Farm Safety share the roadWith temperatures finally on the rise, more farmers will be out in their fields, which means slow-moving farm equipment will soon be on Indiana roadways.

With this in mind, several state agencies – including the Indiana Department of Transportation (INDOT) – are partnering to encourage Hoosiers to be alert, slow down and share the road with farm equipment.

“As planting season begins, INDOT urges motorists to slow down, avoid distractions and be alert for slow moving farm equipment on highways that travel through Indiana’s farming communities,” said INDOT Commissioner Joe McGuinness. “Remember to be patient and share the road so that Hoosier farmers, INDOT crews, construction and utility workers, emergency responders and you stay safe.”

By law, farm equipment must have the nationally designated slow-moving vehicle sign (a red, triangle-shaped reflector) to warn drivers that their equipment is on the road. These vehicles often travel at speeds no higher than 25 mph.

“Due to the size of our equipment, people will often see us before we see them,” said Zach Cain, a Montgomery County farmer. “It’s important to be patient. Farmers don’t want to hold up traffic, but it can take us some time to find a safe spot to pull over.”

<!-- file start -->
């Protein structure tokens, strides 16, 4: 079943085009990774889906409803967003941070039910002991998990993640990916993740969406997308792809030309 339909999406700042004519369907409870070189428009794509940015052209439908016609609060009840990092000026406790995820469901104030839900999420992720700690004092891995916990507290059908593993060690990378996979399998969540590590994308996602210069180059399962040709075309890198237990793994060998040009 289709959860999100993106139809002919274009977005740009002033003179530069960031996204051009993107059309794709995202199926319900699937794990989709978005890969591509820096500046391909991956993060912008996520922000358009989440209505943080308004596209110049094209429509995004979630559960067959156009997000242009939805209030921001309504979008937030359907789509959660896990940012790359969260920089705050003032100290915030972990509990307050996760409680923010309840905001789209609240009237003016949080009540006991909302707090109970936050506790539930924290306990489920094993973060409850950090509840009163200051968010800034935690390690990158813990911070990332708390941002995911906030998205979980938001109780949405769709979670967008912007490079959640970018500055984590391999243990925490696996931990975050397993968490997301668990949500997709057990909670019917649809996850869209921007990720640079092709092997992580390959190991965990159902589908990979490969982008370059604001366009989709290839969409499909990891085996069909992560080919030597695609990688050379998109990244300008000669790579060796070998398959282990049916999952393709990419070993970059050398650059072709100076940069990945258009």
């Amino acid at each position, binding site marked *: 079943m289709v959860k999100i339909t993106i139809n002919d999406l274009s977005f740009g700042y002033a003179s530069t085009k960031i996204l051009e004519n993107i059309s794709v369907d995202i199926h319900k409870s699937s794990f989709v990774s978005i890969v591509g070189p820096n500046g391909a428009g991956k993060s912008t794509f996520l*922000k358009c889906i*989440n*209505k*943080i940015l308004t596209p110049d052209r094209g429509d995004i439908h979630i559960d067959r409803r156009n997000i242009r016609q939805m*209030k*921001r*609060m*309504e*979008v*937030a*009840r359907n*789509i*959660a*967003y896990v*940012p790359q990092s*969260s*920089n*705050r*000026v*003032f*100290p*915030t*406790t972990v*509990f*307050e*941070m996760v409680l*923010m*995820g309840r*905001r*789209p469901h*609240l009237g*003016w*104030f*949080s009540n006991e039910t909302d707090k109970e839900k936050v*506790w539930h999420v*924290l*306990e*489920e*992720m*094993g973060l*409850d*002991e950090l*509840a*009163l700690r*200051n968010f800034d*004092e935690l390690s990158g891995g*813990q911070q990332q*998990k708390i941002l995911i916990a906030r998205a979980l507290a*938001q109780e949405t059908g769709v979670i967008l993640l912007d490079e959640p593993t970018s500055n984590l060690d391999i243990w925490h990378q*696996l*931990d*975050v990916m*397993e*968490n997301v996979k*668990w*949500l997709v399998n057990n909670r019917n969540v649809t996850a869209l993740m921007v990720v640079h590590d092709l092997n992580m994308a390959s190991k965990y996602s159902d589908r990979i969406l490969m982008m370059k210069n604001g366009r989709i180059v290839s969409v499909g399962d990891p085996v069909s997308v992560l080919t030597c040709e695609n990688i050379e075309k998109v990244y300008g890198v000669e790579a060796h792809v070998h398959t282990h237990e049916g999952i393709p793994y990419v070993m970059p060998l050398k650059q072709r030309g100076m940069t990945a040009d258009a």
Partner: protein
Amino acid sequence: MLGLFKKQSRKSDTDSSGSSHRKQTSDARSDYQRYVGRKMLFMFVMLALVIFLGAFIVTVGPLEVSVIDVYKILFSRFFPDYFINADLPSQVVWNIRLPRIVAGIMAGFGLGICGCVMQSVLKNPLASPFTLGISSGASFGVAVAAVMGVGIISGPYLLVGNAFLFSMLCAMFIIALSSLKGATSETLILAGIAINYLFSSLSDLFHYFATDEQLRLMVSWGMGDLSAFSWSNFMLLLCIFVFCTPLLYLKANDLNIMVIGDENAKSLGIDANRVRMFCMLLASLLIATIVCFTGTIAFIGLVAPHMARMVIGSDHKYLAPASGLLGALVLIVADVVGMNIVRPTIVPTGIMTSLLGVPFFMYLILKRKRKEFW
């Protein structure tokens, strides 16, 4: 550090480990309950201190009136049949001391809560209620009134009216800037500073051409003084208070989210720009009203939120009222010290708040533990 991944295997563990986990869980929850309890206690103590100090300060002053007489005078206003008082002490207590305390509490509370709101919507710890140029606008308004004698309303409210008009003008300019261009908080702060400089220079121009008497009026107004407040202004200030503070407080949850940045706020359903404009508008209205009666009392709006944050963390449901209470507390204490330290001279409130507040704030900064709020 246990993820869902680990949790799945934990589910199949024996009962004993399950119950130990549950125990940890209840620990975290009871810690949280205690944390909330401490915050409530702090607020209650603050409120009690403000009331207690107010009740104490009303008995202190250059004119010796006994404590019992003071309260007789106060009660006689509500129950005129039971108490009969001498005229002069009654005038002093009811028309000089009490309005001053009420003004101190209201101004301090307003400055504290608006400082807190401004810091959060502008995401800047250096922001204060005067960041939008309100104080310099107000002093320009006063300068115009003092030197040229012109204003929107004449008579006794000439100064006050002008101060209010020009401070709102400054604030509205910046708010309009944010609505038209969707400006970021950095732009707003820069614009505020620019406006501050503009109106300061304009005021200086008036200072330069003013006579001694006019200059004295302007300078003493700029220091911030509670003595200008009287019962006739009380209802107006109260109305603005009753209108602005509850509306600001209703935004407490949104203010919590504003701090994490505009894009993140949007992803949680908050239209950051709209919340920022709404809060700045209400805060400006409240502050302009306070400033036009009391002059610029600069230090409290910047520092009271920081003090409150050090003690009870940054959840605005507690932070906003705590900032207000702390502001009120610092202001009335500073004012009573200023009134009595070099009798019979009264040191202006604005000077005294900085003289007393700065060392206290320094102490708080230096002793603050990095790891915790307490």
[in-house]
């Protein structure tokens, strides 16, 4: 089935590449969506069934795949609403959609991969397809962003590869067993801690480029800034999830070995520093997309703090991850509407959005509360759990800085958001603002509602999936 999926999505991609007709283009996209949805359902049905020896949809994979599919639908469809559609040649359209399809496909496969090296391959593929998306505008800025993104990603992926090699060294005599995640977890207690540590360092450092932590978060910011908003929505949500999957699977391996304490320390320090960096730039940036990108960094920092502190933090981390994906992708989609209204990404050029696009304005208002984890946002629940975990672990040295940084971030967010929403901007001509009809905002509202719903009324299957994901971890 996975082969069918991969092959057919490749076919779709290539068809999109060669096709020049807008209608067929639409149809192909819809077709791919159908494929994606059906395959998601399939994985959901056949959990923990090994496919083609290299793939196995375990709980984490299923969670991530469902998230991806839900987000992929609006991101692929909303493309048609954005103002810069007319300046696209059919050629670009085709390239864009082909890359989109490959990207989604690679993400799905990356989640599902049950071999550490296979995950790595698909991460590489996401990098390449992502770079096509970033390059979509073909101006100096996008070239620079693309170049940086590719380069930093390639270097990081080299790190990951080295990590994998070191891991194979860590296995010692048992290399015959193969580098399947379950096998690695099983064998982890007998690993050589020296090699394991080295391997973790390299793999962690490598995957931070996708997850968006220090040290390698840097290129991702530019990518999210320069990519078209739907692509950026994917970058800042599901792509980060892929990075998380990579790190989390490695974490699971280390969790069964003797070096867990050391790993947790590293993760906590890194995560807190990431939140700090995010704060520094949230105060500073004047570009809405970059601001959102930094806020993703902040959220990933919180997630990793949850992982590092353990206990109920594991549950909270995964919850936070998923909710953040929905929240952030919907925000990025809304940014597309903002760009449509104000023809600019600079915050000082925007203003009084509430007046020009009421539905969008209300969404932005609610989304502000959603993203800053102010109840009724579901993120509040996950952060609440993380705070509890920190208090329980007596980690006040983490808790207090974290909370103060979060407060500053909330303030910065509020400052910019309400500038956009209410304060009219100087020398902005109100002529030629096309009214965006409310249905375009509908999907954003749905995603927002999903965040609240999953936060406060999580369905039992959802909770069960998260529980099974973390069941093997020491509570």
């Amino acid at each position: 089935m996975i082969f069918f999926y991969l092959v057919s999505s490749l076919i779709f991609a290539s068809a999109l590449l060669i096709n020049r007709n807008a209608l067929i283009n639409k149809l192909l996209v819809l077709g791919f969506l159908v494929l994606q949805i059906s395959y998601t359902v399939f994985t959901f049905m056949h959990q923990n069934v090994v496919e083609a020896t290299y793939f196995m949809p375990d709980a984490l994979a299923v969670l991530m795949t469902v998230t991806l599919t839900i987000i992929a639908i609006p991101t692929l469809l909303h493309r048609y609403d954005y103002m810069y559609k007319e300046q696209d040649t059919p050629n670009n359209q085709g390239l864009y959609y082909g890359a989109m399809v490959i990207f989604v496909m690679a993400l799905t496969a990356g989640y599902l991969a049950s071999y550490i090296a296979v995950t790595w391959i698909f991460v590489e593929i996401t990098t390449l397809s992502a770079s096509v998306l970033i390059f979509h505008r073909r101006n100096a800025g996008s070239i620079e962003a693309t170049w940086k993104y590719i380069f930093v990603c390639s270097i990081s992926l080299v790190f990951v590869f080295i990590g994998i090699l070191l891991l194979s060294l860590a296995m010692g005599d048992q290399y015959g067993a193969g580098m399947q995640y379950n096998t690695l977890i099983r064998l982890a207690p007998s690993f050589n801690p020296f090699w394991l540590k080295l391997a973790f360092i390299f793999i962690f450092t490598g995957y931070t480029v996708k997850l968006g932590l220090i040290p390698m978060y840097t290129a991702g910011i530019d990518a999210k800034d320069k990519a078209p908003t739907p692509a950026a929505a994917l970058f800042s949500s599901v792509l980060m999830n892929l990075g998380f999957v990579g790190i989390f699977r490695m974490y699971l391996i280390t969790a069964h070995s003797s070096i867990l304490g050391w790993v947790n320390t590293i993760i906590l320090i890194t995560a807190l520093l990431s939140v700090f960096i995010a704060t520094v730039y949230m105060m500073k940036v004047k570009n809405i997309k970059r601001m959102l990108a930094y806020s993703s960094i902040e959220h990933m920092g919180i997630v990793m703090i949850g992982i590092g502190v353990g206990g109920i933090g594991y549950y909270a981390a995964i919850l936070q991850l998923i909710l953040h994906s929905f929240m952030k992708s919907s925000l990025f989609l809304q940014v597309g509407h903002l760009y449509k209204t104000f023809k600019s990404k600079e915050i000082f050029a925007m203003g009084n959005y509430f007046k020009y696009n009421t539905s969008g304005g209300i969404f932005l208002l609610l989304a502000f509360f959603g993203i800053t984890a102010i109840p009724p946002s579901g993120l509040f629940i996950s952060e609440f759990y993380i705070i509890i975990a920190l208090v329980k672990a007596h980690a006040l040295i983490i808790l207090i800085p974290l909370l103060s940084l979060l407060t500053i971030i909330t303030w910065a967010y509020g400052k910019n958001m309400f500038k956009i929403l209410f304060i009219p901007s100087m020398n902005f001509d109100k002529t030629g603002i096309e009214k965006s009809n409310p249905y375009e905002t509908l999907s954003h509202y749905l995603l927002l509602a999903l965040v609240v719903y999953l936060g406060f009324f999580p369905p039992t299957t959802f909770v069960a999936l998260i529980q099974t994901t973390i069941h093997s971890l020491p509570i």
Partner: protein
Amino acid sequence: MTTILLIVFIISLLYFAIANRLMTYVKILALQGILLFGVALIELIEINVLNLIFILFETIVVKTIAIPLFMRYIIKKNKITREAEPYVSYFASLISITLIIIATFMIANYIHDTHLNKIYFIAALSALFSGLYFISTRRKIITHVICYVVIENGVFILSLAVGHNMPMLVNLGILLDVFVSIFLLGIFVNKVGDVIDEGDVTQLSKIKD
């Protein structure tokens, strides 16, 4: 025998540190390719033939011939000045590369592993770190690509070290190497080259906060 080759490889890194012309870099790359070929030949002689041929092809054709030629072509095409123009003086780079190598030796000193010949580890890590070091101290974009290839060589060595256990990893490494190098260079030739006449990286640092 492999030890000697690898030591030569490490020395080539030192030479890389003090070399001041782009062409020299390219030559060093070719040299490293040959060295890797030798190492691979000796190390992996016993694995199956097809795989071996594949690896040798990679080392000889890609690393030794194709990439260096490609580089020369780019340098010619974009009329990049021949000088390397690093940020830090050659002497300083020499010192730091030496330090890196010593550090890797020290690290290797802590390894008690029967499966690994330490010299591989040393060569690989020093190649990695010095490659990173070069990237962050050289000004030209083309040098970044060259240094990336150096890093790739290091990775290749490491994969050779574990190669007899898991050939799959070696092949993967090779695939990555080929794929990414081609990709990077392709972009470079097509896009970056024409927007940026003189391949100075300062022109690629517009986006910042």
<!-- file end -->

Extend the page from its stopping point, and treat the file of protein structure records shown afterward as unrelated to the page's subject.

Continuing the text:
Agencies participating in this effort to encourage motorists to be cautious this planting season include INDOT, the Governor’s office, the Indiana State Department of Agriculture, Indiana State Police, the Indiana Bureau of Motor Vehicles and the Indiana Department of Homeland Security.

Collectively, they offer the following tips:

  • Most farmers will pull over when they are able to let motorists pass, but it may take time for them to get to a safe place to do so. Be patient.
  • Farm equipment is wide, sometimes taking up most of the roadway. Be careful when passing.
  • Do not pass if you are in a designated “No Passing Zone” or within 100 feet of any intersection, railroad grade crossing, bridge, elevation structure or tunnel.
  • Do not try to pass a slow-moving vehicle on the left without ensuring that the vehicle is not planning a left turn. It may appear that the driver is pulling over for you to pass when it is actually preparing to turn. You will drive right into its path, endangering yourself and the farmer.
  • Avoid tailgating, as some farm equipment might have to make sudden stops along the road.
  • Allow plenty of time to get to your destination, be aware of alternate routes and avoid distractions.
  • Pay special attention to stationary farm equipment on the side of the road as there might be farmers working nearby.